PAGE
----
When a robber points a gun at Carrie Bradshaw’s head in HBO’s iconic TV series ‘Sex & the City’ urging her to give him her bag, she promptly replies, with mildly outraged expression on her face: “It’s a baguette!” Not the safest move, probably, but how to blame her? What she had under her arm wasn’t any bag, it was a Fendi Baguette.
As Sarah Jessica Parker will explain later on, that very bag marked the defining moment that set her character on a path towards what may be most desired wardrobe in television history. Carrie’s beloved Baguette will make several cameos throughout the series, arguably adding to the purse’s pre-existing ‘fashion legend’ status, it was “the It bag that begat the entire It-bag industry,” said Vogue’s Plum Sykes. Since then, other designers started to lend the series their luxury items, hoping for the same fate.
The question is, how does a bag become an It bag? A few factors come into play when creating the magic recipe for the next star: exclusivity, a calculated limited distribution strategy, a prohibitive price, and an iconic woman’s favourable eye (and arm). Whilst the It bag became a legitimately recognised fashion phenomenon around the late 1990s and early 2000s, some purses had earned their ‘cult bag’ status before the term It bag was coined, like the legendary Chanel 2.55, arguably the first It bag, released in 1955.
Defined as “that totemic accessory that announced you were owner of all that was desirable in the world” by Vogue, an It bag is something like the Holy Grail of fashion. It’s a concept, an affirmation of status and taste, a signifier of character and distinction. What usually takes it from being a bag to being the bag is usually a famous owner. Think of Hermès’ Birkin and Kelly, named after Jane Birkin and Grace Kelly, or Gucci’s Jackie, from the First Lady, all retroactively deemed ‘It’. Someone flashes it, suddenly everyone wants it, only few can have it. A new It bag is born.
Here’s our top ten favourite it-bags from the last decade:
Launched in 1997, it was designed to be carried under the arm like the French loaf it is named after. Over 700 fanciful styles were produced since its first appearance.
Originally called Fifties Constance, this shoulder bag was renamed after Jackie Onassis was repeatedly photographed in 1961, causing a Gucci gold rush amongst female customers.
Released in February 1955, hence the name, Coco Chanel’s revolutionary design added a chain strap to evening clutches, allowing women to keep both hands free for the night. In 1983 Karl Lagerfeld took over as creative director in 1983 and reissued the original design with the addition of the logo clasp.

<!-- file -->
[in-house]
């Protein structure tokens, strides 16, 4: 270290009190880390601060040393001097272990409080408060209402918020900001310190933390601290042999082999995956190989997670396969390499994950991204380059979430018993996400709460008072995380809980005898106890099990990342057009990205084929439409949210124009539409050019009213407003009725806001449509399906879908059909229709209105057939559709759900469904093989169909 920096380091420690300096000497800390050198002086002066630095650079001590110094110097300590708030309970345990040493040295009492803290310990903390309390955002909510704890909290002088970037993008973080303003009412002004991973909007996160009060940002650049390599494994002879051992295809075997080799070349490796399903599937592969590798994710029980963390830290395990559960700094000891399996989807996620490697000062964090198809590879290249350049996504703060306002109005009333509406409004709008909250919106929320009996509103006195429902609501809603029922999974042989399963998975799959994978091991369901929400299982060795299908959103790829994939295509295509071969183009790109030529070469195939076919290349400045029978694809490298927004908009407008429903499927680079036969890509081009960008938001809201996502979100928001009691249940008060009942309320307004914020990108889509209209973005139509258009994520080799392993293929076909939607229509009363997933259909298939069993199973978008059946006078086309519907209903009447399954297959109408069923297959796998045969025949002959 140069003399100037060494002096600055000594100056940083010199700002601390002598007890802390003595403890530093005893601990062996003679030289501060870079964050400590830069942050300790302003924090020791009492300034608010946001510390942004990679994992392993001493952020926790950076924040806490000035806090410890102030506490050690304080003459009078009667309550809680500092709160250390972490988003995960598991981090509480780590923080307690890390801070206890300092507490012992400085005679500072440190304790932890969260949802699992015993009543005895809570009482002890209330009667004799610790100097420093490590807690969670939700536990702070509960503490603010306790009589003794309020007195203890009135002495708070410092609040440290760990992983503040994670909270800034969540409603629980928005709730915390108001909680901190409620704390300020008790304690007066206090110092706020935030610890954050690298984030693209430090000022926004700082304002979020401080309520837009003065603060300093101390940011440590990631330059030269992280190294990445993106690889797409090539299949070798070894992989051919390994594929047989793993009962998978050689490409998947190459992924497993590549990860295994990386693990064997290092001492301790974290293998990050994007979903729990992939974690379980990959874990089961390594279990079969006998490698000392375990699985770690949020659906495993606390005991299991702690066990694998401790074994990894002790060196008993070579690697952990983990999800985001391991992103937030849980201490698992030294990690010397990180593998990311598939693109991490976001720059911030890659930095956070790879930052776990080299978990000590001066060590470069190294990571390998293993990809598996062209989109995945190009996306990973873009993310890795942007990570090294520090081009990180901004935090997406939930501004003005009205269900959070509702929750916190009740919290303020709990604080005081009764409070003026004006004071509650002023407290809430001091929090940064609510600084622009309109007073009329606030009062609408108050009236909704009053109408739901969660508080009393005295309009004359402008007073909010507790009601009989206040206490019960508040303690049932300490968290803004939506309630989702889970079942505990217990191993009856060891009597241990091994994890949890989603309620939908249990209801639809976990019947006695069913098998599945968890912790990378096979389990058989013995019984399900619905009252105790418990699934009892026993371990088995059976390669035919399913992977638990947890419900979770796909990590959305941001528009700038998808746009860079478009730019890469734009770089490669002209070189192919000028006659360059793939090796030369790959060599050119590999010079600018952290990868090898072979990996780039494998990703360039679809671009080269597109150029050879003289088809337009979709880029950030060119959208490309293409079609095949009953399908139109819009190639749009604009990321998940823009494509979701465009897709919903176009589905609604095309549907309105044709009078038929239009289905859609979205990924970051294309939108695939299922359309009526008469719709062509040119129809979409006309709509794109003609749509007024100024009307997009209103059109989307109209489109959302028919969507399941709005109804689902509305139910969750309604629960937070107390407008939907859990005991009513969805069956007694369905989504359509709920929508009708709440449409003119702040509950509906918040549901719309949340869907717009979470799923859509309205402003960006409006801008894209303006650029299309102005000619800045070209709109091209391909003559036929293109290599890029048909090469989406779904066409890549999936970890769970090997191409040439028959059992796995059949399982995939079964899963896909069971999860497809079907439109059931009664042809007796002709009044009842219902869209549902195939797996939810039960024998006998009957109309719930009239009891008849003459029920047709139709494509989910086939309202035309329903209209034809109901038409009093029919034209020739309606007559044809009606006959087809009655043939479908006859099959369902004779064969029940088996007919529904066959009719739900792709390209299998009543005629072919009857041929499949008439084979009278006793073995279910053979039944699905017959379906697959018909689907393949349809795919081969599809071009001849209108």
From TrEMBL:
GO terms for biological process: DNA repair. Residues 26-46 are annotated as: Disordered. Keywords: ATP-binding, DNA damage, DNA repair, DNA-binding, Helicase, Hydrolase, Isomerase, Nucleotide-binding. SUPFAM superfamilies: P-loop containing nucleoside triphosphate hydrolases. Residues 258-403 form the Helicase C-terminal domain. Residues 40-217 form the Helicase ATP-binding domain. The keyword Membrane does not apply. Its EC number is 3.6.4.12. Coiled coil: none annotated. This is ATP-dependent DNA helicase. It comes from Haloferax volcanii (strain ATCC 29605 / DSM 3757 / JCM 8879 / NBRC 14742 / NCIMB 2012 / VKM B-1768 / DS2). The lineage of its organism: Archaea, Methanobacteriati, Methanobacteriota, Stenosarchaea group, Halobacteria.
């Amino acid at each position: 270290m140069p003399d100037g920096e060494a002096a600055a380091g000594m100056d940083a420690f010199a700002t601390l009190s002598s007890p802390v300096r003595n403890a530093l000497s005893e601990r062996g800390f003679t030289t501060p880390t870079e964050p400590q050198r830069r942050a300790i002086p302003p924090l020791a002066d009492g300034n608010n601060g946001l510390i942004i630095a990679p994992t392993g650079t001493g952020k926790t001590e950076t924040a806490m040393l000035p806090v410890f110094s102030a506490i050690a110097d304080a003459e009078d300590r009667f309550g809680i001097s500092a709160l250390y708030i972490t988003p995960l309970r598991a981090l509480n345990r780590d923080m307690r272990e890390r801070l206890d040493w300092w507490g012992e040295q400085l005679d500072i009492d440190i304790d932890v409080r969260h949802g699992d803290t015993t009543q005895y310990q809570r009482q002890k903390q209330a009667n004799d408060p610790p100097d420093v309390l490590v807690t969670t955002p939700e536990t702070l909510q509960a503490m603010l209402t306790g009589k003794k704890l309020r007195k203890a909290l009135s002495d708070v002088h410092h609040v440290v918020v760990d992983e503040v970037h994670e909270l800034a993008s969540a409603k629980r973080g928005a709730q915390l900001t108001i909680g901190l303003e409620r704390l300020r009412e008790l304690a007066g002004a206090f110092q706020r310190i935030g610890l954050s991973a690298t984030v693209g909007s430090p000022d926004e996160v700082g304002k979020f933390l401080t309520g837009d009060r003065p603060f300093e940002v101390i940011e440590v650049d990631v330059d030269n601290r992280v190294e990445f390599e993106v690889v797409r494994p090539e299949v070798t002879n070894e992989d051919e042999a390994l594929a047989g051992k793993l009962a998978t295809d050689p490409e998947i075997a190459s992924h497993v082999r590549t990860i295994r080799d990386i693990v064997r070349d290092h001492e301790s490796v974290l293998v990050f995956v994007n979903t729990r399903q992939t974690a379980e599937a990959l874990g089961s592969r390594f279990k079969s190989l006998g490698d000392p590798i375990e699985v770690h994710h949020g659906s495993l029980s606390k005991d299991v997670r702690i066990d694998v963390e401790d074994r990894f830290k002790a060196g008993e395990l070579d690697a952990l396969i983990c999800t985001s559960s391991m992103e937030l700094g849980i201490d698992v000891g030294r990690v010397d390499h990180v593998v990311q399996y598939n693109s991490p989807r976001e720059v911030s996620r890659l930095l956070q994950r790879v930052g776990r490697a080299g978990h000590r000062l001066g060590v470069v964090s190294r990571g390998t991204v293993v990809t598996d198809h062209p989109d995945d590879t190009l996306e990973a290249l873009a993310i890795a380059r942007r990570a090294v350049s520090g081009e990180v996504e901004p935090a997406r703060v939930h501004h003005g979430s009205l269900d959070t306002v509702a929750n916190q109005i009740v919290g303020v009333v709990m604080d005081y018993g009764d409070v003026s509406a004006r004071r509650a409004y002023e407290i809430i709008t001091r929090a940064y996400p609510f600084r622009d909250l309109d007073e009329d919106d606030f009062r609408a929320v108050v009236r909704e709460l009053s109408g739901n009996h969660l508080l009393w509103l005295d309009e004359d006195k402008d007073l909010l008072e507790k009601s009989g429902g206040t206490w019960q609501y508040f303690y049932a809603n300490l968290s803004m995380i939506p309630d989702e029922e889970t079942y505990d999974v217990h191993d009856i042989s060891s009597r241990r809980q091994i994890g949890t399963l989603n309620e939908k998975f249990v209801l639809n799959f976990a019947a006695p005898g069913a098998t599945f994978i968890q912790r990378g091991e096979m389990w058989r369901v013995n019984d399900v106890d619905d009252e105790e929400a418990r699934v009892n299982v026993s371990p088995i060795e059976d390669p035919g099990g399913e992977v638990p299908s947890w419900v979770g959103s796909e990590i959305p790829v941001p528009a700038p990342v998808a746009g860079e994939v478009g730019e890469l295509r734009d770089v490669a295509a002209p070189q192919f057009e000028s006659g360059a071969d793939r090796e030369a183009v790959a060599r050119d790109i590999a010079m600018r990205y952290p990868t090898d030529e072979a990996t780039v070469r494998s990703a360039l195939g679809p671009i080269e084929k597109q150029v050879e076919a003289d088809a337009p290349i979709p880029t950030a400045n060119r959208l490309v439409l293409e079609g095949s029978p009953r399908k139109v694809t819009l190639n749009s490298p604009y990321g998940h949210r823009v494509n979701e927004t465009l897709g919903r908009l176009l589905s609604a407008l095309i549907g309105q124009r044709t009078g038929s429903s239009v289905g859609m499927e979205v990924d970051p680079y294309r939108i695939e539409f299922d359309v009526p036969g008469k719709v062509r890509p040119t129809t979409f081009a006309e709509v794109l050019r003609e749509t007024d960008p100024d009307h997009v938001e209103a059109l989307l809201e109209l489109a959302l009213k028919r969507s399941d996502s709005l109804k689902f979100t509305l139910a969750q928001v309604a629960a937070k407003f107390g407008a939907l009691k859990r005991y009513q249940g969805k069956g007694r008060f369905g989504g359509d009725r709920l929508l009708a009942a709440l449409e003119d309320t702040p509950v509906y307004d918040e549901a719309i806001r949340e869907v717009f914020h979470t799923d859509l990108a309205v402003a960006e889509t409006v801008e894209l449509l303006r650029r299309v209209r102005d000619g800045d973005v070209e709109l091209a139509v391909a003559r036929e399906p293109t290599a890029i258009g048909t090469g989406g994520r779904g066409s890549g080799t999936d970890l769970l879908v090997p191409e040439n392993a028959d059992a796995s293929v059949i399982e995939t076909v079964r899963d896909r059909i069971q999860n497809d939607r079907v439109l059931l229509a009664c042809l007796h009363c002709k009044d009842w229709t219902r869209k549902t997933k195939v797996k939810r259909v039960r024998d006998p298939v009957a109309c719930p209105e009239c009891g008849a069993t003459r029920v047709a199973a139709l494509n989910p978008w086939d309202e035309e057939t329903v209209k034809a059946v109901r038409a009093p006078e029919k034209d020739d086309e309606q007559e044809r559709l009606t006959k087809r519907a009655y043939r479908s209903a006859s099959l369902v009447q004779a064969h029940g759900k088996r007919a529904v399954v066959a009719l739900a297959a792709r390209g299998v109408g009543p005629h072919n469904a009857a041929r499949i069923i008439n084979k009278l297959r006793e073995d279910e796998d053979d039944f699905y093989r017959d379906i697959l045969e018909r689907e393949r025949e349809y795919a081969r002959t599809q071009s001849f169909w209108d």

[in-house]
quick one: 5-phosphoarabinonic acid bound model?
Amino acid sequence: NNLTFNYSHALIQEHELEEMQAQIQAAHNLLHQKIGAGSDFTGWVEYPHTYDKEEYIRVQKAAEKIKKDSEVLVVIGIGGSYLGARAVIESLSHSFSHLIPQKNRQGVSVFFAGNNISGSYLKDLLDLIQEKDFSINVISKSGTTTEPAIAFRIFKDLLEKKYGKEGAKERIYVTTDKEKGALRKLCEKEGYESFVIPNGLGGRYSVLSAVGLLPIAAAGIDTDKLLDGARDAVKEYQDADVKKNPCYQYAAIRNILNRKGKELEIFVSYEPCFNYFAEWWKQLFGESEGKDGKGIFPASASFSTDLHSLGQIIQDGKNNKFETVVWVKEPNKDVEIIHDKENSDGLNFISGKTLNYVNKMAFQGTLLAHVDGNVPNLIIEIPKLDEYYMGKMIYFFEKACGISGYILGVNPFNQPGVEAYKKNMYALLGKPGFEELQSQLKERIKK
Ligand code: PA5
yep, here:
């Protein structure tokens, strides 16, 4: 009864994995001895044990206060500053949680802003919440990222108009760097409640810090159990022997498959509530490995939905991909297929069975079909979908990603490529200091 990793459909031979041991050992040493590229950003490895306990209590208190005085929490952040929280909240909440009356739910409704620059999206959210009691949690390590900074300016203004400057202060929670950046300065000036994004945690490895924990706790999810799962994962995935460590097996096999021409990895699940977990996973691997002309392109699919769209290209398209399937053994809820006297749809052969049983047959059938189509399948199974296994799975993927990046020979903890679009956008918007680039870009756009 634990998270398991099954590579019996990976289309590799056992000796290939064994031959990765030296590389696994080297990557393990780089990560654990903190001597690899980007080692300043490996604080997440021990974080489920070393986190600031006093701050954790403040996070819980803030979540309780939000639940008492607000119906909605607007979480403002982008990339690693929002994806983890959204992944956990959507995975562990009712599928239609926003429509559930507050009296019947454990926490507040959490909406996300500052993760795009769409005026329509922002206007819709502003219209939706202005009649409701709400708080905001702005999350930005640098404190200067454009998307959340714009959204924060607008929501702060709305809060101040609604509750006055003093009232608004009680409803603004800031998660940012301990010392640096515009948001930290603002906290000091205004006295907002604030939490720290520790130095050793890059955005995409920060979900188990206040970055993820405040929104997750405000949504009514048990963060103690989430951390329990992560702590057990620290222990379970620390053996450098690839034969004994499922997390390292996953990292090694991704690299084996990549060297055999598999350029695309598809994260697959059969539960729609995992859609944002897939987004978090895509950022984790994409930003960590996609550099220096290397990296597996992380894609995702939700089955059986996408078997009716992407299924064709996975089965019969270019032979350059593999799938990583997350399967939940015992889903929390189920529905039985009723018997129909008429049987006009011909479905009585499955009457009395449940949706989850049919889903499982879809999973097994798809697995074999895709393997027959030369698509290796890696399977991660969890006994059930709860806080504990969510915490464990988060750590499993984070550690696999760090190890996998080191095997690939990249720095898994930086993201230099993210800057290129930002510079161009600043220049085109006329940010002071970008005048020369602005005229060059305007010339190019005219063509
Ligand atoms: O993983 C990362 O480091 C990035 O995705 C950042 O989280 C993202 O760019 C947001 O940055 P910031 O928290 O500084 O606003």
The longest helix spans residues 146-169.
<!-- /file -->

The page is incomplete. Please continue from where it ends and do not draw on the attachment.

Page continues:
Originally designed in the Thirties, it was brought to fame in 1956 when a pregnant Princess Grace Kelly used the bag to hide her pregnancy from the press. Hermès aficionado Victoria Beckham owns several versions of the Kelly.
Another top bag from house Hermès. History says that the versatile Birkin bag was created after Hermès chief executive Jean-Louis Dumas, sat next to singer Jane Birkin on a 1984 flight, heard her complain she could not find a comfortable leather carryall. One year later, the It bag was a legend.
Louis Vuitton’s Speedy
Audrey Hepburn loved it so much, she asked them to ask for a smaller version to be created for her. Become a worldwide icon in the 1960s , the monogrammed bag fame rocketed from 1997, when Marc Jacobs joined the label as Creative Director in 1997, refreshing the Speedy with seasonal makeovers, including Muramaki‘s pop art designs to the graffiti version.
Longchamp’s Le Pliage
Every modern jet-setter /trend-setter owns one, or more than one, as they come in a variety of sizes and hues. Although this vinyl, leather-trimmed bag has only been around since 1993, it has soon become the travel It bag for the majority of It girls.
Proenza Schouler’s PS1
Inspired by the traditional school satchel, the Proenza Schouler PS1 handbag line was named after the New York City public school system. Designer Lazaro Hernandez described it as the ‘anti-It-bag’, however after having been spotted on the arms of Kirsten Dunst, the Olsen Twins and Jessica Alba, it ended up becoming one.
The maison has released a string of sell-out it bags, from the Bay, Heloise, Edith, and Silverado to the more recent Marcie and Aurore. Phoebe Philo’s Paddington, however, remains the original Chloé’s It bag. Named after one of the busiest areas of London, it was high in price and low in availability: every one of the 8,000 models created for spring 2005 sold out before arriving in stores.
Dior’s Lady Dior
September 1995, France’s First Lady Bernadette Chirac gives Diana, Princess of Wales a Dior stitched leather handbag with a dangling letter charms. Lady D instantly fell in love with the bag, carrying it at her arm during various visits. The bag as soon renamed to honour the princess.